Top 7 Tips for Taking Insta-Worthy Vacation Photos

With social media platforms like Instagram and Facebook, a picture is worth a thousand words. If you’re looking for a place for some awesome Insta-worthy photos, you won’t be disappointed with what the Outer Banks has to offer! Even if you never post them, it’s nice to have an album chock full of beautiful sights and memories to cherish in years to come. If you’re looking for tips on how to take your vacation photos like a pro, just keep on reading! READ MORE

Great Places To Take Outer Banks Photos

Outer Banks photos

Keep the Camera at the Ready

The beautiful beaches and sea breeze that are so wonderful on the Outer Banks are why so many people visit and come back year after year. And there is a lot to be said for that; we would never disagree that perfect sand and refreshing ocean air makes for a great place to vacation.

At some point though, other interests may crop up. We thought we could help that process along by making some suggestions for other things to do—this time for photographers.

These are just some general ideas about places where good Outer Banks photos may be waiting. They are by no means the only places.

The Obvious

Any BeachThis seems almost too obvious, but it has to be listed.

Depending one how good the camera is, there can be some great action shots on a busy day in the summer; kids body surfing, a mom or dad taking a baby into the water for the first time, skim boarders…the list is pretty much endless.

Most of this type of photography can be done very well with a phone camera. Some of these shots, though, may take some form of telephoto or zoom lens, and that will require a little better camera than typically comes with a cellphone.

However, don’t overlook an early morning visit to the beach to catch a sunrise. There are so many colors and they are so subtly arranged that no painting could ever do it justice.

Or—a full moon over a calm sea is spectacular.

Jockey’s Ridge
Looking for an iconic Outer Banks sunset picture? Go to Jockey’s Ridge State Park in Nags Head.

The top of Jockey’s Ridge provides a 360 degree view of the Outer Banks. To the west, the dune slopes gradually to Roanoke Sound, and the sunsets from the top of the hill are the stuff of legend.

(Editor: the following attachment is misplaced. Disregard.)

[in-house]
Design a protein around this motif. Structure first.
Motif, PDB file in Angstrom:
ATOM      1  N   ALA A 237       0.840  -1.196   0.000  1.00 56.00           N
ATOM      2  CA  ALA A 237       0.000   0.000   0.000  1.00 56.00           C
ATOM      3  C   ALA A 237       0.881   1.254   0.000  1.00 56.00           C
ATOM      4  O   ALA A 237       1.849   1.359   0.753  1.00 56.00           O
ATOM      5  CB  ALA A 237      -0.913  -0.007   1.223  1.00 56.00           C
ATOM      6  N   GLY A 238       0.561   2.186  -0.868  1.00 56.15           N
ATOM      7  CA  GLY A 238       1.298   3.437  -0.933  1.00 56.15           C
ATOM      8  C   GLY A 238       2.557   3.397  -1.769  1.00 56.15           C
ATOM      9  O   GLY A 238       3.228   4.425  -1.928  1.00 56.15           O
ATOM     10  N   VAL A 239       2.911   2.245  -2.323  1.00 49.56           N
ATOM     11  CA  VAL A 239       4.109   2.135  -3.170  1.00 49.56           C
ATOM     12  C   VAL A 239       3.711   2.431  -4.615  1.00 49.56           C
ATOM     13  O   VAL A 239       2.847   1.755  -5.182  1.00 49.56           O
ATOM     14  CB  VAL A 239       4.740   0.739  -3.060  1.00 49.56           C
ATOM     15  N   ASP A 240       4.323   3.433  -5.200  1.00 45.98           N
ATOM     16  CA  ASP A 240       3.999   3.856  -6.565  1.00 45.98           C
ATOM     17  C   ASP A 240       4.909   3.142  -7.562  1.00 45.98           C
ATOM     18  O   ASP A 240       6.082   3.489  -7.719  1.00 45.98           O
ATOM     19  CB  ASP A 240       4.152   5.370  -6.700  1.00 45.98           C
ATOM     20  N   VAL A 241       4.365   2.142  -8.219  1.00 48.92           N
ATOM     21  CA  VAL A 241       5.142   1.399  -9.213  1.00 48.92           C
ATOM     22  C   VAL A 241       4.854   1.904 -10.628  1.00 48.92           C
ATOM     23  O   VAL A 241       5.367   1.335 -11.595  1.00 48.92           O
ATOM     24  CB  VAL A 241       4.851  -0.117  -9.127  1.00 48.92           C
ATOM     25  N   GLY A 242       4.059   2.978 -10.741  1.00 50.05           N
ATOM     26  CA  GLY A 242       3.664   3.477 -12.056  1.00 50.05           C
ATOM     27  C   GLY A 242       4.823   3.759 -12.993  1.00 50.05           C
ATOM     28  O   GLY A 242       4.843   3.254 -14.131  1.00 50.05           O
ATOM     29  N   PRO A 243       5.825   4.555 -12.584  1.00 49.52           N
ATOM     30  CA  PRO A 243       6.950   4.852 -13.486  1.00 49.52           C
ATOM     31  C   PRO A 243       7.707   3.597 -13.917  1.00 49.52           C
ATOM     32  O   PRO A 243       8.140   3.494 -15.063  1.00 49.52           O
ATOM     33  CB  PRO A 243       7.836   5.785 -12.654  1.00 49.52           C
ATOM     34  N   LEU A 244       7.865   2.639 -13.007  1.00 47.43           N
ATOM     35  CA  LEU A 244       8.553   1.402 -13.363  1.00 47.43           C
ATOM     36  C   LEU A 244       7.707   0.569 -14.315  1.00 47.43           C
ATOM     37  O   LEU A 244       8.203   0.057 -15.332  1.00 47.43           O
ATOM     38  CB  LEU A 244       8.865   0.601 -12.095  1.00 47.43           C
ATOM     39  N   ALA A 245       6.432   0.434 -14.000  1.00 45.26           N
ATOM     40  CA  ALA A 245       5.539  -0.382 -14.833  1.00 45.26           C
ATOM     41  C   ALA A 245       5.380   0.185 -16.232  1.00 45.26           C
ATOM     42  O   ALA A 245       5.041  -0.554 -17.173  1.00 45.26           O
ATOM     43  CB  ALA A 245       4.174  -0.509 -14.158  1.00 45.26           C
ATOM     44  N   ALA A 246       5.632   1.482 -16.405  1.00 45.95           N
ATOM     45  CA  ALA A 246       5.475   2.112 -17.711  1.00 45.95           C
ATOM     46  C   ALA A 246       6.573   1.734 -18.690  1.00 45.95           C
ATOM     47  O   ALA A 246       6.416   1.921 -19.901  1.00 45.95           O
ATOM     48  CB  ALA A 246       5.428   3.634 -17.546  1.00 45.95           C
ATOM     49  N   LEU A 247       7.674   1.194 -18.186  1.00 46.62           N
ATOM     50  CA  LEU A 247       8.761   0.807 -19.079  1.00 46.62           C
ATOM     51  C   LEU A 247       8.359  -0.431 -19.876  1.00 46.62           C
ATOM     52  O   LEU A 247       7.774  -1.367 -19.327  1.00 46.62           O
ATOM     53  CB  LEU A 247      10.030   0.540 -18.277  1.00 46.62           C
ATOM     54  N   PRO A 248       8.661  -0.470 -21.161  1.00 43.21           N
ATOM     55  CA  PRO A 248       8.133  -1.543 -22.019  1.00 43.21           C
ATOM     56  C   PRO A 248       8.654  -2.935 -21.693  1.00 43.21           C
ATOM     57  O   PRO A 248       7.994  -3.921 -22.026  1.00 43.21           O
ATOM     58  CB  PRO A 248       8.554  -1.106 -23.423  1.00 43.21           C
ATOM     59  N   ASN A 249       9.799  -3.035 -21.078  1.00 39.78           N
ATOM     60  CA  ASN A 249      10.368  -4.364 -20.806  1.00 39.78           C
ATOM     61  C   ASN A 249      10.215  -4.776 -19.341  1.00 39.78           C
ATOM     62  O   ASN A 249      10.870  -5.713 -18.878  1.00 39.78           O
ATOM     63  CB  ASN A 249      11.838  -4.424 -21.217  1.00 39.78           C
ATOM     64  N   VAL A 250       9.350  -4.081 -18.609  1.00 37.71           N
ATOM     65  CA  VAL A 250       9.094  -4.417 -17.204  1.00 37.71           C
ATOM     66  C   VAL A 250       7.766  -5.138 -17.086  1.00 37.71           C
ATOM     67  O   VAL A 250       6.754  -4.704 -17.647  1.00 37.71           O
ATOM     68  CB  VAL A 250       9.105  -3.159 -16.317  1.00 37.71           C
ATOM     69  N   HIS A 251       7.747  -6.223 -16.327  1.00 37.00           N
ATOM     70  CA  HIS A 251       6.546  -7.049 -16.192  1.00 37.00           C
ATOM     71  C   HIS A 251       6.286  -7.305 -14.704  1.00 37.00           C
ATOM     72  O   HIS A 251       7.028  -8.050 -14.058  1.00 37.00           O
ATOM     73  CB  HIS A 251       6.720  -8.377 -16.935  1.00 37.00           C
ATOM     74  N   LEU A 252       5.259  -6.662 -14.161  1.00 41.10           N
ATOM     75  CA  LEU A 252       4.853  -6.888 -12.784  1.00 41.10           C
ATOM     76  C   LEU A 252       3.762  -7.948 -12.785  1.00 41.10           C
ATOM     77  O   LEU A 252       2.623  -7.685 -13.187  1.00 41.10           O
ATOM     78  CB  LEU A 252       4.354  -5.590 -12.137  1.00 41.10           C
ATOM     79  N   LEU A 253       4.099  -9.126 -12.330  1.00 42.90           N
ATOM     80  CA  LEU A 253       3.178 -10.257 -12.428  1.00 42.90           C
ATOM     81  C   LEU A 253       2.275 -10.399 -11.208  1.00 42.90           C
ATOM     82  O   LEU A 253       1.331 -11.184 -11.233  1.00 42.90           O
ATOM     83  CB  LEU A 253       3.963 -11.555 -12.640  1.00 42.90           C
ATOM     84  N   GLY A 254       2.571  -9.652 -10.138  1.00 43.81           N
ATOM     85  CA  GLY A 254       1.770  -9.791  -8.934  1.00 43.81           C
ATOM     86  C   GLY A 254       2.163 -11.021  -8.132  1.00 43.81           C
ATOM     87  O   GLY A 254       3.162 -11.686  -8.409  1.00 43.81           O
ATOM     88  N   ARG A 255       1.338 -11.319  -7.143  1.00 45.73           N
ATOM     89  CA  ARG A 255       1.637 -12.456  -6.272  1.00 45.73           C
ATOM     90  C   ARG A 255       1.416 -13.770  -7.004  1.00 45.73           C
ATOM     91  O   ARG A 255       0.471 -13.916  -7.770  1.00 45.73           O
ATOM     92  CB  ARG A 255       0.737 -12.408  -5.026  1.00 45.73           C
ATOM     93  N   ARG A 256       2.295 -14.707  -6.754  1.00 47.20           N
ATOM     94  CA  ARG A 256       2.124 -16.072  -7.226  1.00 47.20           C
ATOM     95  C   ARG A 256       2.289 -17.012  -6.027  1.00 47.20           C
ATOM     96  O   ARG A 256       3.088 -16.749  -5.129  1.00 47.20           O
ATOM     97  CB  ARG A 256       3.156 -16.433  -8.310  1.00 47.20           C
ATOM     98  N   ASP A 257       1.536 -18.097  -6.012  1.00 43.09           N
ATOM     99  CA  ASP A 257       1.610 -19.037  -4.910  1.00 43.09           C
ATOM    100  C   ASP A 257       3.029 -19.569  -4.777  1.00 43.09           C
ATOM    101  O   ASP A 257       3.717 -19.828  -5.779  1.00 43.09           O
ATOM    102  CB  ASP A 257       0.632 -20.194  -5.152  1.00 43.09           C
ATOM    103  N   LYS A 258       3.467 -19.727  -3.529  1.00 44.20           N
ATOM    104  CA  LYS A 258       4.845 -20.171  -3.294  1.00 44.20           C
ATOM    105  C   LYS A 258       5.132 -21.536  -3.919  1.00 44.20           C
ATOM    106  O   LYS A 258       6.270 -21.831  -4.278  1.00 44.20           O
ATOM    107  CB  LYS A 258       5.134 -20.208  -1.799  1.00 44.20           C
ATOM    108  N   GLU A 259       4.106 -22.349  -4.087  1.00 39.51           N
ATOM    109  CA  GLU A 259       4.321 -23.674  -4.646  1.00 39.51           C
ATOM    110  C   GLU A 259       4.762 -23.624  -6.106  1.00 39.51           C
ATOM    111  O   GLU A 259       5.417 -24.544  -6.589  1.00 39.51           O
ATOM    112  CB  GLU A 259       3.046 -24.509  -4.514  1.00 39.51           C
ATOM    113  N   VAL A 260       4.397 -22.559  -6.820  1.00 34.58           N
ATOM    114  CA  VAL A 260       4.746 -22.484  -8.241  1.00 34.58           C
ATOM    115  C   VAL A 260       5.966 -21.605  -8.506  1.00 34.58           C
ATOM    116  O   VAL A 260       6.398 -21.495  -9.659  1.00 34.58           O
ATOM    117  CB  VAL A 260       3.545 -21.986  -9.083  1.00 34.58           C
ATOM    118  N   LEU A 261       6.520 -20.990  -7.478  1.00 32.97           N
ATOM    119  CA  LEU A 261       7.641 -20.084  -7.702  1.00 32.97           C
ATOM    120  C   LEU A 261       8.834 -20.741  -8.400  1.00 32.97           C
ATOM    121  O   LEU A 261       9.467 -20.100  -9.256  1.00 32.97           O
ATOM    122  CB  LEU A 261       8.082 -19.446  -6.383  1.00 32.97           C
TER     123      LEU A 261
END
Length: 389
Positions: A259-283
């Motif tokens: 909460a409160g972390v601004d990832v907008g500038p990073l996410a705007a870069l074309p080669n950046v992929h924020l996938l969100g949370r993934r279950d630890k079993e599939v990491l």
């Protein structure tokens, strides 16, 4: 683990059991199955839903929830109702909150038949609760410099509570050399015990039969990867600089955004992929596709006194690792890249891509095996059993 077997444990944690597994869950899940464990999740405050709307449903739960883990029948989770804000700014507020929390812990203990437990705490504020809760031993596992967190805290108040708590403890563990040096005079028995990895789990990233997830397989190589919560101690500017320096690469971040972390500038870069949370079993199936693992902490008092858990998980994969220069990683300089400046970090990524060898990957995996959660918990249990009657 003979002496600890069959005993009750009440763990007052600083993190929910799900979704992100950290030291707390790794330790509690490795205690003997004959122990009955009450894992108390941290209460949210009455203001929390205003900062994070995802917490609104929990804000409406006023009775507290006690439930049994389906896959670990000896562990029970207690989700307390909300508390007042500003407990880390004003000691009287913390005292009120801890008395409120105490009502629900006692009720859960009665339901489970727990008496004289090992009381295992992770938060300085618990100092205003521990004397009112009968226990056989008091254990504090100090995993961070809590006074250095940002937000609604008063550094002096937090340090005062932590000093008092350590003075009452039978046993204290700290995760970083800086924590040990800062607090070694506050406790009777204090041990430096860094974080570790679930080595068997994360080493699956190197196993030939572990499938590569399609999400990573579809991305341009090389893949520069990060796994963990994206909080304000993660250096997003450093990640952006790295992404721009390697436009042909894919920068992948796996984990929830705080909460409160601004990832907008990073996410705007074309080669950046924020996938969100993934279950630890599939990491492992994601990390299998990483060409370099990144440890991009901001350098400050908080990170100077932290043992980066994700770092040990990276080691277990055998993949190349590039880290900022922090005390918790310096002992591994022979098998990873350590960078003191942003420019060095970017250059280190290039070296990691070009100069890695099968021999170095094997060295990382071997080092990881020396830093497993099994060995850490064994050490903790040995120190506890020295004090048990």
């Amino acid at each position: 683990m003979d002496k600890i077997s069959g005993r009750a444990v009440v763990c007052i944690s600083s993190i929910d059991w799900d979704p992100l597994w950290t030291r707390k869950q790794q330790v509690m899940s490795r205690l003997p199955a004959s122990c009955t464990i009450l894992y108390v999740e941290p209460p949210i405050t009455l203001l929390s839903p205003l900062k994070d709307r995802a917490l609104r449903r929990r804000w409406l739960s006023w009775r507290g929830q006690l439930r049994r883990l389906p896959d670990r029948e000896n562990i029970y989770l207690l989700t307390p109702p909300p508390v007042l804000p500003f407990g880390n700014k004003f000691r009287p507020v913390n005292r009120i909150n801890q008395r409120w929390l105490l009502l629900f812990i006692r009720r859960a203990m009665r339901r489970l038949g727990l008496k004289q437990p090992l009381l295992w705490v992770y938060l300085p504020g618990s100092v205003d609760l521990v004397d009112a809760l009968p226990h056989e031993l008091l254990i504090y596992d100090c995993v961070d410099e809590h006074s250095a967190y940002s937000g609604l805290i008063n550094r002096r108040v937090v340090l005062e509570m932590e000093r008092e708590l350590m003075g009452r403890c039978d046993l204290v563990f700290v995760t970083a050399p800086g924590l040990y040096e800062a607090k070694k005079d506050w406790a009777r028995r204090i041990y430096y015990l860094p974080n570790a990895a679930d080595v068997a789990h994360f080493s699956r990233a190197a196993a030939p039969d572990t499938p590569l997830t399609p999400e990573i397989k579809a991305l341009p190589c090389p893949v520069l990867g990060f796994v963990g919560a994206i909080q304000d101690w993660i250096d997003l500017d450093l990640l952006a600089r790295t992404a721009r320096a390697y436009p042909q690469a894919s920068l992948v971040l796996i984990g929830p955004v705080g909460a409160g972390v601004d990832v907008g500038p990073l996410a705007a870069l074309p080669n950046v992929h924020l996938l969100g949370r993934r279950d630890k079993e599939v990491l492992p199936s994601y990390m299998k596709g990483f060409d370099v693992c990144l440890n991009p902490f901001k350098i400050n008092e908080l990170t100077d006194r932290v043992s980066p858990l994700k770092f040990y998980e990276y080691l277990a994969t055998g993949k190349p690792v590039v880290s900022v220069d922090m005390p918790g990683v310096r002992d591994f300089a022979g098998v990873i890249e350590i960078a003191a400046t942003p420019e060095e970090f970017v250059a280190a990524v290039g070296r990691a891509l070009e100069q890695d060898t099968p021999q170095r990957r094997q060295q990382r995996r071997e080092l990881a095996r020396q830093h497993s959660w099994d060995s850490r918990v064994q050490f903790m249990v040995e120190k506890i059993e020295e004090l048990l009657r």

During the day there is plenty to see as well. Jockey’s Ridge is where Kitty Hawk Kites has their hang gliding school and, especially late spring through early fall there is almost always a class on the dune.

Jockey’s Ridge is also one of the finest places in the world to fly a kite. Some great shots are just waiting to be recorded.

Whalehead Club
Looking for an iconic Outer Banks sunset picture? Go to the Whalehed Club in Corolla.

Wait a minute…didn’t we just say that about Jockey’s Ridge? Yes we did, but that’s not the only place to get a great sunset shot.

Nestled along the banks of Currituck Sound, the Whalehead Club is an iconic and beautiful example of art nouveau architecture. The grounds are meticulously maintained and there are a number of places at the site where beautiful shots of the main building, boathouse or footbridge are calling out to be taken.

The Whalehead Club is immediately adjacent to the Currituck Beach Lighthouse. A suggestion for a memorable Outer Banks image is to take a picture across the boat basin toward the lighthouse.

The Not So Obvious

Oregon Inlet
Recognizing that not everyone has a 4WD vehicle or wishes to pay the National Park Service beach driving fee, we’re going to recommend the south side of Oregon Inlet. The north side with its dynamic tidal flow, salt flats and hundreds of fishermen is great as well, but the south side is free and not as well known.

The parking lot is just past the south end of the Bonner Bridge on the east side of the road. There is a path at the north end of the parking lot that parallels the waters of the inlet.

The somewhat dilapidated building at the site was at one time the Oregon Inlet Lifesaving Station until the Coast Guard was created and then became part of the USCG. It was in active use until 1988 when the new Oregon Inlet was competed on the north side of Oregon Inlet.

There are some plans to restore the building, built in 1898, but funding is not currently available.

However, the possibilities for photography are endless.

Continue walking east and the beach comes to a clear point where the ocean and inlet meet. There is always a lot of boat traffic through the inlet and some great shots are waiting to be taken.

Bodie Island Lighthouse

Fish Kiss: Memory Monday August 3, 2015.

Fish Kiss

Special thanks to Rachel Moore or Silver Spring, Maryland who provides us this week’s Memory Monday photo submission!   Rachel and her family stayed with Outer Banks Blue in Nags Head in the Vacation Rental property “No Shirt, No Shoes, No Problem,” and sends us this adorable picture from one of her crew visiting the North Carolina Aquarium on Roanoke Island and having an up close experience with one of the fish there.

Thanks Rachel for sharing your photo memories.   We look forward to serving you and your family again soon.

All the best from the beach!
By Tim Cafferty, President, Outer Banks Blue Realty Services

Welcome to June!: Memory Monday June 1, 2015.

Welcome to June!

Today we welcome you to June with this week’s Memory Monday.  Today’s photo submission is brought to us by Sara Zucker of Greenlawn, New York who stayed with us at Outer Banks Blue at the property Loonie Dunes, which is now known at “Sunburst” in Nags Head.

Sara delivers several photos to give us an idea of the memories made during her family’s last visit to the OBX!

Thanks Sara for your photo memories.  We look forward to serving you and your family again soon!

All the best from the beach!
By Tim Cafferty, President, Outer Banks Blue Realty Services

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